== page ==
‘So… What’s the line?’
As a copywriter, that’s a question I ask myself almost every day, if not every few hours.
If by some freak circumstance I don’t ask the question, you can bet one of my colleagues will.
Sometimes, they won’t even ask, they’ll just look at me expectantly.
Their eyes will say it all: ‘Hey Jonny… What’s the line?’
Some may find the idea of that daunting, but for me, it’s one of the best parts of the job.
I revel in trying to solve the riddle of a slogan as if it were a fiendish cryptic crossword puzzle, jumbling terms of phrases around my brain and on my tongue.
And then, when all the rumination is over, I get to say the best thing in the world:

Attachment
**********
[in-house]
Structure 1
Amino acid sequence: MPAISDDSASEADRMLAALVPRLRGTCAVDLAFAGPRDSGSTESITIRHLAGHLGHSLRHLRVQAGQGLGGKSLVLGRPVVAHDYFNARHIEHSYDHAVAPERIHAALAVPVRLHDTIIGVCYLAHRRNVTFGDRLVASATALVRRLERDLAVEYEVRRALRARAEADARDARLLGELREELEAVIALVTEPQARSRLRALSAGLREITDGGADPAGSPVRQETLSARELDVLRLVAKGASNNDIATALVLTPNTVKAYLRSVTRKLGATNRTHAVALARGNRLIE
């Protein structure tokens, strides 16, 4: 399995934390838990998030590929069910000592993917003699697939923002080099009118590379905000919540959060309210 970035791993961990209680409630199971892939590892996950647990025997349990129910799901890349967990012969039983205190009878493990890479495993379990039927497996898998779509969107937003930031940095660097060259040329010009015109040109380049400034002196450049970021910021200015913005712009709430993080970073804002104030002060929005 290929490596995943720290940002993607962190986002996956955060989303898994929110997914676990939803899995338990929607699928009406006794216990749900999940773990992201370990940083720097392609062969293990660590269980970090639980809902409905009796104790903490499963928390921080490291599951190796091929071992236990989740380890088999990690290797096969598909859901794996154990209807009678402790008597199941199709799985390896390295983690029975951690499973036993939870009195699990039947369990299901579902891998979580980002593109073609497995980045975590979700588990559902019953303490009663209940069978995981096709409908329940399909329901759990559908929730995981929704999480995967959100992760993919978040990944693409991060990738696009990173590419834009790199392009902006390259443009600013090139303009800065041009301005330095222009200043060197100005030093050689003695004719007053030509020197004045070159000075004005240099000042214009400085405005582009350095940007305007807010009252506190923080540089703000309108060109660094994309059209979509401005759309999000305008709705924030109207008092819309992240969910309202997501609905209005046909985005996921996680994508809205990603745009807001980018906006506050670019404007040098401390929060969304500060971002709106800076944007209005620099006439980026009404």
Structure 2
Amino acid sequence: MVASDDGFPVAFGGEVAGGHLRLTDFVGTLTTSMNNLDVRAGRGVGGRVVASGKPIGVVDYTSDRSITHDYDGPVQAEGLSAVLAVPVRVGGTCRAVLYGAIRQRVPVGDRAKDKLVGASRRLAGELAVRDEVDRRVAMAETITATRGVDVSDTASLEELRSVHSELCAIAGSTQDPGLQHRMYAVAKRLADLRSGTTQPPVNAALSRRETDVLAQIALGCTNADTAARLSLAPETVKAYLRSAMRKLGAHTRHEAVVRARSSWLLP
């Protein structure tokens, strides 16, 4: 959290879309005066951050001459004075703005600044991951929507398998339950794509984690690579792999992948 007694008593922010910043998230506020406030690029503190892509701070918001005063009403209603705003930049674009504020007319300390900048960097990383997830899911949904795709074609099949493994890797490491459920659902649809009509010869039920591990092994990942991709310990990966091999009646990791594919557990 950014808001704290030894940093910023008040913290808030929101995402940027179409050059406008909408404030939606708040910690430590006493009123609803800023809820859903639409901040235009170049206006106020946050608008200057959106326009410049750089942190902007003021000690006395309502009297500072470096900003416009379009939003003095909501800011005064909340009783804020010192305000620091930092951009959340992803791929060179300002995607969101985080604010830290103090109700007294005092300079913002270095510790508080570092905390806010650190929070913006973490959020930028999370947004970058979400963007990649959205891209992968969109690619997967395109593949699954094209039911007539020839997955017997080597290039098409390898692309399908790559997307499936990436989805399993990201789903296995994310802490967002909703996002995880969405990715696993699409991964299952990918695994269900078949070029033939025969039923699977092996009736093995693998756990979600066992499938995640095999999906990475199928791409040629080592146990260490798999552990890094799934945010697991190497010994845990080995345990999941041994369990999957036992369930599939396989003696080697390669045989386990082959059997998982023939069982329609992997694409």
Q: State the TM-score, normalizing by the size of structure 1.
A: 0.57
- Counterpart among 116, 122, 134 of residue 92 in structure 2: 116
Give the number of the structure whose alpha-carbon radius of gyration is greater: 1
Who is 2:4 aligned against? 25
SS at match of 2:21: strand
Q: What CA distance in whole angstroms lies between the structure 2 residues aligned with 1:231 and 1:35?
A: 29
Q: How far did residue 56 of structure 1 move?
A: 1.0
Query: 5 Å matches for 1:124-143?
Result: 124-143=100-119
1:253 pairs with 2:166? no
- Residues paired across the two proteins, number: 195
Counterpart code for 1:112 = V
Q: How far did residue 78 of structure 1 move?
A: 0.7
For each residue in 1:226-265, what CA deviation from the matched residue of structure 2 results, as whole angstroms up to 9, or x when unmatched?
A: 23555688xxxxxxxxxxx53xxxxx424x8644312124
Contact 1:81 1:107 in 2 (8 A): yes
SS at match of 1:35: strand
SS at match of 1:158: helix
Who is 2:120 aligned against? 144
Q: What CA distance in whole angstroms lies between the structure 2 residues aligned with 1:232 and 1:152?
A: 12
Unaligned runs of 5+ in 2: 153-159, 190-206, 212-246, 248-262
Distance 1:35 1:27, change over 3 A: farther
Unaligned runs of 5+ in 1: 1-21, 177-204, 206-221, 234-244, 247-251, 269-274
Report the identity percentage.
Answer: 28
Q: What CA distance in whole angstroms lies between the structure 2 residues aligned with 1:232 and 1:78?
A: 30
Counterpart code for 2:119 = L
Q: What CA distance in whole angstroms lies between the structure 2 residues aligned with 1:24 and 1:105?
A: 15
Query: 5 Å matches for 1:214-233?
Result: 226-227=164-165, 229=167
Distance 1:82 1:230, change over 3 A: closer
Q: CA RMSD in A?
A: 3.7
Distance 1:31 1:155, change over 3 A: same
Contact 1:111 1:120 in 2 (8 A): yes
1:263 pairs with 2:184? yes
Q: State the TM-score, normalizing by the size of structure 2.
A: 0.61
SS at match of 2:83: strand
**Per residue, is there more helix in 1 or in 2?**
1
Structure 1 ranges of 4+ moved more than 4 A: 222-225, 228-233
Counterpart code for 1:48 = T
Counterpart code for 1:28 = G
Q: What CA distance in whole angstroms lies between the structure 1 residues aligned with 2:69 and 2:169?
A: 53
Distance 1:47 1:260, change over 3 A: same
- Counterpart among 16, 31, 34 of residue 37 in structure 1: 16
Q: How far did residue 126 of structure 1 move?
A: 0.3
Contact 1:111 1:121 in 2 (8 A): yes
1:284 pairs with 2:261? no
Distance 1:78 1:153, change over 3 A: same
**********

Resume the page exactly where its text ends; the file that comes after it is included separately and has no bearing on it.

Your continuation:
‘Here’s the line.’
It’s like being the only person in the pub who knows the answer to a quiz question or scoring a 90th-minute winner to propel your team to victory.
It’s copywriting’s greatest pleasure.
AND NOW, THE ROBOTS WANT TO TAKE IT AWAY FROM ME.
When I say robots, what I really mean is highly intelligent AI software, software designed to write pitch-perfect copy for any client. An AI that never asks ‘what’s the line?’ and only ever says “here’s the line”.
Everyone from Lexus to L’Oreal has been dabbling with copywriting software for the last few years, to the point where trailblazers Pencil AI claim to have written 5 million adverts since 2018. A total even the best advertising agencies could only dream of.
Yup, it seems when they’re not dreaming of electric sheep, androids are now thunking up some seriously effective copy for the world’s biggest brands.